But no history book I ever seen told the stories o’ folk like Annabelle an’ me, just stories of knights and cavalry and kings an’ presidents an’ such. Stories of glories gained an’ victories won, and never the stories of the struggling folk. Them as the noble kings and presidents sought to scatter and eradicate.

Now I was much taken with her right from the very outset, and in truth she made my heart to swell and pound. Such as a girl’s heart should only beat for a husband, at least as the ministers and elders say.

And I suppose it was while she wept and shivered through her fevered nightmares, that my heart first grew fond of her. And during her convalescence that my fondness turned to love, finally blossoming at the sight of her up and about. Smiling from time to time and even laughing sometimes too, as we did toil and labour at farm girl chores, always together and ever side by side.

Now I never read a word in the bible as said a girl shouldn’t love another of the same suit, but I knew right well how others though on such things. So I kept my thoughts and feels secret and hidden from my kin, and cautioned Annabelle to do so too.

But I swore a vow as solemn as any other, that one day it would be she and me together as long as we both lived. And never another to come betwixt us, an’ damn em all to hell if they do. And if god himself judged our love to be a mortal sin, then damn him to hell as well.

For I did dearly love that queer and curious girl, who came from nowhere and no one. I swear I loved every aspect of her true, an’ there weren’t even no part left unloved. And when one day the truth was told between us, she swore that she adored me too.

And so a bow of fond affection and love did we bind about us both. And a compact too that it would be always she and me, even unto the end of our days. And as often as we might dare we would spirit ourselves away from others, and dwell awhile in the paradise of our romance.

But in secrecy and careful caution, for we both understood that the outcome would be dire, should our union ever be discovered. With Annabelle likely put away from the family hearth, and maybe even returned to the mission school. And me held back from goin’ to her, and punished awful severe most like.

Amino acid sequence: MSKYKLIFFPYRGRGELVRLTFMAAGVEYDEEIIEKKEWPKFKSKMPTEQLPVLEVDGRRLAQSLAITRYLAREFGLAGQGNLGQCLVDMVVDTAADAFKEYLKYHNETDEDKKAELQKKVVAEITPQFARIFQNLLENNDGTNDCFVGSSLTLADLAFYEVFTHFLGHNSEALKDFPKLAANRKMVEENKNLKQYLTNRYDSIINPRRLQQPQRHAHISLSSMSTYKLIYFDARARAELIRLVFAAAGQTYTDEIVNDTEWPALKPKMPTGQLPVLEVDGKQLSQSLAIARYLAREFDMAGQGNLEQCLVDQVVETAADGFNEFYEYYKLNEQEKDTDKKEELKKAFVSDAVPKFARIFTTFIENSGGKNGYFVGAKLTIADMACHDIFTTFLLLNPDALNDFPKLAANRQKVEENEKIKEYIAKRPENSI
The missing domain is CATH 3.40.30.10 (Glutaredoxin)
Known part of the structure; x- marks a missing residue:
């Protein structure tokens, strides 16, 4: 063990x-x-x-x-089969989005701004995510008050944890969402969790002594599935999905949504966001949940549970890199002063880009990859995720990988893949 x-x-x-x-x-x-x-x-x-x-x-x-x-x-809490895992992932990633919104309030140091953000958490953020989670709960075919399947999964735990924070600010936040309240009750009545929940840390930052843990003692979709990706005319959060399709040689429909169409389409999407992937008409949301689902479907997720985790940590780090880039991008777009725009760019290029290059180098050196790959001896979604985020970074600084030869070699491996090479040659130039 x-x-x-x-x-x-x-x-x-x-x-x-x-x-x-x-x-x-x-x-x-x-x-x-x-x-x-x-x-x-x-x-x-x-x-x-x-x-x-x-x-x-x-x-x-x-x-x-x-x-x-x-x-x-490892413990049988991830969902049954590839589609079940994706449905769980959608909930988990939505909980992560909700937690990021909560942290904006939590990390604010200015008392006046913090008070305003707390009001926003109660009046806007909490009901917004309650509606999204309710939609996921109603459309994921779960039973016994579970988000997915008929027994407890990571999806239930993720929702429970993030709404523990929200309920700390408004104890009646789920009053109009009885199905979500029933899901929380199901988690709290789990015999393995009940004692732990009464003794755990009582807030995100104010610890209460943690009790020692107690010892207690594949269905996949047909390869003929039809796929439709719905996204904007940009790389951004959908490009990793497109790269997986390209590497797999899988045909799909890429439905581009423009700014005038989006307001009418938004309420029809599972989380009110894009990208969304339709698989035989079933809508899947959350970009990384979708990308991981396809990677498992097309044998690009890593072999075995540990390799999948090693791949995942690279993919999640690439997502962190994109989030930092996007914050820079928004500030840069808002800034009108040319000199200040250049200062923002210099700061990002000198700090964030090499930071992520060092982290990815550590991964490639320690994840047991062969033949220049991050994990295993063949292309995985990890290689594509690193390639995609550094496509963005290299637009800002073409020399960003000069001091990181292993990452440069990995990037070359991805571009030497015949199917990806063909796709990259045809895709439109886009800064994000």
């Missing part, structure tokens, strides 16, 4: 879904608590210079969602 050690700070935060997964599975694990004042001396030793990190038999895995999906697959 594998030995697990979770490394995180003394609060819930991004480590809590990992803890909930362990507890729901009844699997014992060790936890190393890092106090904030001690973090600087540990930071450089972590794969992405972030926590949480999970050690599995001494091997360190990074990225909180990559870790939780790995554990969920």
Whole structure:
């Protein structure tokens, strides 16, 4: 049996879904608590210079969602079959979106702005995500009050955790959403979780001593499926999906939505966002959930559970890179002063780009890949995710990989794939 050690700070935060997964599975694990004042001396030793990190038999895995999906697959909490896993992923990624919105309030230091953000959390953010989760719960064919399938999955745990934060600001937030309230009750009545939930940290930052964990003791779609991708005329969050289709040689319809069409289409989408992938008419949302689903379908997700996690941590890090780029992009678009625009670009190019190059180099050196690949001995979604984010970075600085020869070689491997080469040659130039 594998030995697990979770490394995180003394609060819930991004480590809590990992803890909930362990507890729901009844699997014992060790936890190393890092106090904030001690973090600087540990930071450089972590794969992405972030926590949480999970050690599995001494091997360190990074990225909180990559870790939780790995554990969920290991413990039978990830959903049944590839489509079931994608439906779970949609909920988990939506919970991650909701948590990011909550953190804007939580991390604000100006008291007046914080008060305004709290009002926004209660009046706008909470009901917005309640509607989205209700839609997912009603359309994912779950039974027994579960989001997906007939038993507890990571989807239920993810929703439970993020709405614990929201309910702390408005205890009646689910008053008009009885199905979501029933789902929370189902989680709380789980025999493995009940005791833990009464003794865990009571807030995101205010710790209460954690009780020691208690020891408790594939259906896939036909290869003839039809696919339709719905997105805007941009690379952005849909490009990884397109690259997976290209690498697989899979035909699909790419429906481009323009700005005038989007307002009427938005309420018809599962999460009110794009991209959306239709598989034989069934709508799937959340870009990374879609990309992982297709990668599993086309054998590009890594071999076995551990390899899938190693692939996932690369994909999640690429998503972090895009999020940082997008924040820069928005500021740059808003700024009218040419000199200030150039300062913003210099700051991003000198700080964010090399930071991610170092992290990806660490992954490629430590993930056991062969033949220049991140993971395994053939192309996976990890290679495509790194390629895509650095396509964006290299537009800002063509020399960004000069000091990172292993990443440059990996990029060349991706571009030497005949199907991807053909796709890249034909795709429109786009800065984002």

But we were careful and kept our precious secret well enough. Such that we could dwell in peace, and abide within the comfort of our hidden love. With none amongst my family suspecting that our hearts had become entwined. Not ever my own dear loving mother, that is for a time at least.

Now there were times when Belle would up and disappear, and come back home after a day or two, more wild and feral thing than girl. Round the time of the full moon, always the same. And livestock torn to pieces and half consumed, were discovered after each and every time.

Now me and mine had little by way of book learning, outside o’ what the bible has to say, and a few other history tomes of various sort. But we was far from dull minded or fool witted, if a little superstitious.

But soon talk turned to maybe Belle was some sort of shapeshifter, or were creature or some such. And hushed and whispered talk soon turned to sidelong accusations and veiled threats, an’ my own father began to speak the name Bleiddwn.

But Belle weren’t afeared o’ no man, nor stern hearted woman neither, even though the mood became increasingly hostile towards her. And when crossed words were spoken aloud, she always had me to step between her’n my brothers and my daddy. To cool hot tempers, and to speak to their fears with a reasoning and gentle tongue.

Until one night when soothing words and pleas for reason and calm, were no longer enough to keep resentful hostility at bay. And even my own dear mother’s finger pointed accusingly, and her tongue spoke harsh and cruel words. Snapping and barking that she was cognisant of our romance, and that we were sinners and hell bound both.

Now I don’t seem to have it clear on exactly what happened, but sure enough push came to shove one hot and unpleasant night. I remember stepping between accuser and accused, although I feel I must confess.

It was for the sake of my own kin that I truly feared, for by this time I understood something of what Annabelle truly was. For two hearts don’t come together as ours had done, without each discerning the most hidden secrets of the other.